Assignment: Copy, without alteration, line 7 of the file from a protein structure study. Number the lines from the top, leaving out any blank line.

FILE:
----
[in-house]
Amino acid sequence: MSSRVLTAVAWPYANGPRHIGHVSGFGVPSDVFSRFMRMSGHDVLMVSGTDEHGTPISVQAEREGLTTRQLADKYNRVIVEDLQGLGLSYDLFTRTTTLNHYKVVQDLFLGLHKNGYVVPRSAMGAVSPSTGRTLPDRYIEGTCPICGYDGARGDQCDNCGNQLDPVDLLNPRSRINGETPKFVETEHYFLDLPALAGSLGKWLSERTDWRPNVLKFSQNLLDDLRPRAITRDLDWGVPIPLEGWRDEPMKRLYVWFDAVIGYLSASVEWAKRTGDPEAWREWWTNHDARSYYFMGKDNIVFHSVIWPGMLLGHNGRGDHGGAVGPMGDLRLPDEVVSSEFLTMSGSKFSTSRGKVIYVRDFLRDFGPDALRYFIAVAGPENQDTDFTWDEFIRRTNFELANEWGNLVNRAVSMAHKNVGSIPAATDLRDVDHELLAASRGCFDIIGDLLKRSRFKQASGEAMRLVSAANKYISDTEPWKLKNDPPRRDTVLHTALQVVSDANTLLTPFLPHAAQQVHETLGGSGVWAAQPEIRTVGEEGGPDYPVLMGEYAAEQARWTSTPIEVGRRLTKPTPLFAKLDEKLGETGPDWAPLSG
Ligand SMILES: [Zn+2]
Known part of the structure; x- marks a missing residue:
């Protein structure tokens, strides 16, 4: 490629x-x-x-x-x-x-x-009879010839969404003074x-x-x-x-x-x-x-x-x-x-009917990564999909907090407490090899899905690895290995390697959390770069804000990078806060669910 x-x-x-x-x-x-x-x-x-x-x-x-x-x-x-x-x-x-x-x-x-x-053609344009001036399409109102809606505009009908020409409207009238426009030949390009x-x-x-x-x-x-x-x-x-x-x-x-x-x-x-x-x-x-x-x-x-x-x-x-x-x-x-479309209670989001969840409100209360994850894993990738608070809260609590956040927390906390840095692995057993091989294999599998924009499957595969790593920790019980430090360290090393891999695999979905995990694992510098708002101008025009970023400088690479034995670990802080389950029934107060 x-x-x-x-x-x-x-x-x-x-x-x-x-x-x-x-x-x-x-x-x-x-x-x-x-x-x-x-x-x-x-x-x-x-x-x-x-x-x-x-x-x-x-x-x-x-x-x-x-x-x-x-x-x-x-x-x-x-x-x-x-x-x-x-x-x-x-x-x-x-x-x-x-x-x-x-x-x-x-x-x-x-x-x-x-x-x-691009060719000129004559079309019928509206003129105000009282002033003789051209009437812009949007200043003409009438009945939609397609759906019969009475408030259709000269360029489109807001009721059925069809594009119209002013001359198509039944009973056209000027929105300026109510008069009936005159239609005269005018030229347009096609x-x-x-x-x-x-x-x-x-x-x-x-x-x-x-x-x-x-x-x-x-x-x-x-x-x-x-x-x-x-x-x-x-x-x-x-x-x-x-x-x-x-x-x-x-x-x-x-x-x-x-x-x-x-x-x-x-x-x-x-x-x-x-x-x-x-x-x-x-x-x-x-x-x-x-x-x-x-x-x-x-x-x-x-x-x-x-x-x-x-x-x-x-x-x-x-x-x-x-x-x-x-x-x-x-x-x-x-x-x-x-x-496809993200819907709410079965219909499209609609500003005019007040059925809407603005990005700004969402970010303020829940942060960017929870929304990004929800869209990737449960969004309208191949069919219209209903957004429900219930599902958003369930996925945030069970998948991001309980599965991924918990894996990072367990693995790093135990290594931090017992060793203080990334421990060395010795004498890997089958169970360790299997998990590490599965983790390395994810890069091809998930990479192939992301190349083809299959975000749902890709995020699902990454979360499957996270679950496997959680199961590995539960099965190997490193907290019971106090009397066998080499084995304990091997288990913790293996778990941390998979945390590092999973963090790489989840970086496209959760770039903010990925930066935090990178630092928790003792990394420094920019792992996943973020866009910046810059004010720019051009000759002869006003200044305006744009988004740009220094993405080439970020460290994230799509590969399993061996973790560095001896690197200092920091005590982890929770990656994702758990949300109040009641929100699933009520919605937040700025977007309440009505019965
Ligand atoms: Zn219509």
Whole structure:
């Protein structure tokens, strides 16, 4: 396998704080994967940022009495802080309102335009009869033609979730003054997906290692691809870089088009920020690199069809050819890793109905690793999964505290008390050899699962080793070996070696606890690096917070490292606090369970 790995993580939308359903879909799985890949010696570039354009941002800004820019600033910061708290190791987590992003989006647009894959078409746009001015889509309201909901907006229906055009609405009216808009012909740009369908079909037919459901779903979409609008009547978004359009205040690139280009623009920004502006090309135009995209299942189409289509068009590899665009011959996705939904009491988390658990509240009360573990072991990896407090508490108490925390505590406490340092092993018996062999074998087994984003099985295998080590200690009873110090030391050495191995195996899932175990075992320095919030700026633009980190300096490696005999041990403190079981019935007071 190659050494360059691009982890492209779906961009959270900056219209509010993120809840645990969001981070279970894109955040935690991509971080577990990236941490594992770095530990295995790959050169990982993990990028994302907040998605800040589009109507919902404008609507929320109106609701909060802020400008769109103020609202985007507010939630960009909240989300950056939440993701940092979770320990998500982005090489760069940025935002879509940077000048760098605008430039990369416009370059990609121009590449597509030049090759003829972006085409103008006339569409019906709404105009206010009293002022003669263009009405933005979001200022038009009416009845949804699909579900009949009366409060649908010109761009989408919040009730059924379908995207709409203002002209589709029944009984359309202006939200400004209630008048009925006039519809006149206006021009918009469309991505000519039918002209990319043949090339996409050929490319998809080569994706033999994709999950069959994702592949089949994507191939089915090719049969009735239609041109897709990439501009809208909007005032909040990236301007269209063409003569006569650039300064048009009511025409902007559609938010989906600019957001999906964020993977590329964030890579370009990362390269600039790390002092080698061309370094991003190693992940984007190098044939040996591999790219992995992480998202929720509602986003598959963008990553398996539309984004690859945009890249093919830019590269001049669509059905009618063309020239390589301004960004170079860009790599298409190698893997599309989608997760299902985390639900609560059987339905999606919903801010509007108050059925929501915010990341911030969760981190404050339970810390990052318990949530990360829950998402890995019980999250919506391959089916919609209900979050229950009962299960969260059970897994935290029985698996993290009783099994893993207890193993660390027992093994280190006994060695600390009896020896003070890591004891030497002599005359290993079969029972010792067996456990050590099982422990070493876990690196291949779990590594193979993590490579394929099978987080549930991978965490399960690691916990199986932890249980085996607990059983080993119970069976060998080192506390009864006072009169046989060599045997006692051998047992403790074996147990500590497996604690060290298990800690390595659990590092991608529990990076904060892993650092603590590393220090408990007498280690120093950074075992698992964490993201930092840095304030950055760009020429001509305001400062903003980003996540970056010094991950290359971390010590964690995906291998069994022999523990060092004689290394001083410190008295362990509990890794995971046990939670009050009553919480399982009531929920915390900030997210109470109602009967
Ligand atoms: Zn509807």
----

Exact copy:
Whole structure: